How Nigeria can survive energy crisis, campaign against fossil fuel
Renowned energy experts have warned Nigeria to stop listening to developed countries in its quest to ensure sustainable energy security. They insisted that unless the country takes an independent position and comes up with home-grown solutions, the prevailing energy crisis could scuttle the economy.
This comes at a time when the global community is divided over energy transition, which downplays the role of fossil fuel in the energy equation due to climate change.
The experts at 12th Emmanuel Egbogah Legacy Lecture Series in Port-Harcourt said the country could be in for a disaster if existing energy resources in the country are jettisoned for some foreign ideologies.
Government’s inability to fix existing refineries, rapid divestment by international oil companies (IOCs), persistent crude oil production challenges and high cost of oil production raised serious concerns for the industry stakeholders.
While the Debt Management Office (DMO) disclosed that Nigeria’s total public debt soared to N87.38 trillion by the close of the second quarter of 2023, revenue from crude oil has plummeted as crude oil production shrinks to about 1.2 million barrels per day even as the country spends almost all its earnings from crude sales on premium motor spirit (PMS) importation.
Speaking on ‘Climate Change and the Geopolitics of Energy Transition’, a professor of oceanography and the blue economy, who was the keynote speaker at the event, Chidi Ibe, insisted that Nigeria must move wisely to reposition its petroleum industry deliberately and aggressively, including diversifying its value chains.
The professor also asked Nigeria to target private equity of about $1 trillion currently being spent on energy and if necessary, leverage the sovereign wealth, to bring to realisation its energy ambition.
At a time when existing refineries are already importing crude oil and gas feedstock, Ibe asked Nigeria to ramp up crude oil production and build up reserves of oil and gas.
He noted that there was a need to urgently reduce the cost of crude production, adding that while Saudi Arabia and Kuwait produce oil at about $11 per barrel, the cost remained at about between $25 and $35 in Nigeria.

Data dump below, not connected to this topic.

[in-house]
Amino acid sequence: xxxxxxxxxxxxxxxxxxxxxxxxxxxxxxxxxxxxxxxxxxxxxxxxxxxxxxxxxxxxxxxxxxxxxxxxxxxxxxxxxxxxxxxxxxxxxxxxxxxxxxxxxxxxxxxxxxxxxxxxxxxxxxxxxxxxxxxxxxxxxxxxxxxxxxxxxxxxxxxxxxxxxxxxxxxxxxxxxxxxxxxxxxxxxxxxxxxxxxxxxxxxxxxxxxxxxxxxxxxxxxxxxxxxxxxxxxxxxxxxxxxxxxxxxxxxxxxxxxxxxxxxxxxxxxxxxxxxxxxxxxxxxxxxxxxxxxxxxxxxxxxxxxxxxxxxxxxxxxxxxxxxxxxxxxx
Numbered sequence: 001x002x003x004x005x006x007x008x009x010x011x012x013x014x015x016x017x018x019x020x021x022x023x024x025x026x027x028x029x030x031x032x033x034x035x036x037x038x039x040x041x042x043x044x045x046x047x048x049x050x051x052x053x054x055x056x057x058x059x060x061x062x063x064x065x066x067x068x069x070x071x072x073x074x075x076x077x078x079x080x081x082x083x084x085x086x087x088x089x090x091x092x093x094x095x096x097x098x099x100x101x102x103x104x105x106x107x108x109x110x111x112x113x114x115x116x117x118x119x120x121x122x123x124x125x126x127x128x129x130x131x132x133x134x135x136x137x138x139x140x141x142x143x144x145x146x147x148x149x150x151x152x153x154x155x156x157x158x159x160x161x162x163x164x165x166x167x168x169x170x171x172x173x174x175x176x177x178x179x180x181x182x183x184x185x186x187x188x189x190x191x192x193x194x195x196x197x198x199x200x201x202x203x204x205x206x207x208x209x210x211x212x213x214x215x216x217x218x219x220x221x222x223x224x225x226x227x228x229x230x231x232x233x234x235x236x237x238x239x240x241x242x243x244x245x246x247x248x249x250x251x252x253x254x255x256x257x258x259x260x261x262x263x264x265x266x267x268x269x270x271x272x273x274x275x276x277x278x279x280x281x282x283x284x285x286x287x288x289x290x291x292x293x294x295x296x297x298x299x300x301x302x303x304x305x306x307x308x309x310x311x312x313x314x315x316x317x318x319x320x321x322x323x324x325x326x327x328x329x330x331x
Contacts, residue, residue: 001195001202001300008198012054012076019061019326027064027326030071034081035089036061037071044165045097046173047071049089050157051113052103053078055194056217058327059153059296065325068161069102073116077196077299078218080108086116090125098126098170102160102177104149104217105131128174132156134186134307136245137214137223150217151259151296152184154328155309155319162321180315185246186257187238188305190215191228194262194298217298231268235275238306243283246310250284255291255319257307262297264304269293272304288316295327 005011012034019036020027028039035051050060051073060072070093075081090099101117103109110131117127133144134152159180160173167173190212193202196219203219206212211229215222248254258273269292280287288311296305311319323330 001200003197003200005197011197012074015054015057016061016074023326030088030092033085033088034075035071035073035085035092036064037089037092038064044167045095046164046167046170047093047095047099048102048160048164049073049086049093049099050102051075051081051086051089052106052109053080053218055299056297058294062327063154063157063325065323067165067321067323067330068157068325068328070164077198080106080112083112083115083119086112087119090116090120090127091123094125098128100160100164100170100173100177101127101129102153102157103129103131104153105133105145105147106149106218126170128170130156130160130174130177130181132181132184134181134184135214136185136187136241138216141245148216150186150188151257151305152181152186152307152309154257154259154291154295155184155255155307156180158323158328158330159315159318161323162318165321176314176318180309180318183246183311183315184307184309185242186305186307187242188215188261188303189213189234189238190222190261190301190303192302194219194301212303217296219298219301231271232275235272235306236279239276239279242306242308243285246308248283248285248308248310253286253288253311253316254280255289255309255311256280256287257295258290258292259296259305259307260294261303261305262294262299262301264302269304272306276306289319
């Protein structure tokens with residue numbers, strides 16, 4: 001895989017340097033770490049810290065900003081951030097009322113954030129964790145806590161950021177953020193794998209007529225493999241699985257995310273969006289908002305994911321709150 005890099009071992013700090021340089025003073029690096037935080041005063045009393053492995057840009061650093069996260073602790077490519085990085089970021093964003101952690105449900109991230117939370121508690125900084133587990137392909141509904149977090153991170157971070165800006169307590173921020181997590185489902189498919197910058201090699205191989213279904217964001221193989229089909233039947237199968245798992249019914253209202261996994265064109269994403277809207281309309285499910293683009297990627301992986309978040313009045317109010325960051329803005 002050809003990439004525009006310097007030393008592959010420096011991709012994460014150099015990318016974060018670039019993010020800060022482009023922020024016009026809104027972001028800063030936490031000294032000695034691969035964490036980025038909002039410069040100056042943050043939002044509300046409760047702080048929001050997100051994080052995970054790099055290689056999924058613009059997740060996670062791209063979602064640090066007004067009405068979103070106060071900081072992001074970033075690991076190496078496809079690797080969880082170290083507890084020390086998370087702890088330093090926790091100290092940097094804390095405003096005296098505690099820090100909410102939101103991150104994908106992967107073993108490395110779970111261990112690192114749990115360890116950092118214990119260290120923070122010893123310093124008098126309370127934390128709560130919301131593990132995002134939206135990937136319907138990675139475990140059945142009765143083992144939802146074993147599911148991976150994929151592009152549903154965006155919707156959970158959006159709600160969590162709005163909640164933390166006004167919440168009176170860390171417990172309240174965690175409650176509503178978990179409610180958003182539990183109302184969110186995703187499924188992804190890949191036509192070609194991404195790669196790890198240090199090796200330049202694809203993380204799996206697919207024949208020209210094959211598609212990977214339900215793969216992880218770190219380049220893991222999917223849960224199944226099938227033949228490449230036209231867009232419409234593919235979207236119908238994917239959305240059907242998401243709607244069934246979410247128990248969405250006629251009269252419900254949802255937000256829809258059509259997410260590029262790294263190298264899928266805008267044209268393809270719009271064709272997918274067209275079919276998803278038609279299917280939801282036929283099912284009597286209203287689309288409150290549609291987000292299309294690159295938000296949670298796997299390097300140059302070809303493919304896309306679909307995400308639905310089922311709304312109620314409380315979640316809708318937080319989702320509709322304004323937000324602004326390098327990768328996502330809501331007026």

According to him, Nigeria must build internal refining capacity to prevent a single individual or company from holding the country to ransom. He said the country’s refining capacity must remain on the average of 1.3 million barrels per day to make headway in the search for stability in the sector.
He also called for the building of industrial and manufacturing capacity to use oil and gas as feedstock. Ibe said there is a need to intensify gas-to-power schemes and maximise gas export for domestic use, especially in transportation.
“Private equity firms are estimated to have invested more than $1 trillion in the energy industry since 2010 mostly in fossil fuels, which underlines where the net-zero financing battle is heading next. I would say we should target those funds and, if need be, swoop on the Sovereign Wealth Fund (SWF). It is created for crunch times like this when new directions become imperative and no help from elsewhere,” Ibe said.
Principal Consultant, Reservoir and Surface Facilities Solutions, Oluseyi Afolabi, said Africa should be able to do what it intends to do instead of dancing to the tunes of colonial masters. Afolabi said the refineries must not delay, adding that Nigerians always could run the sub-sector.
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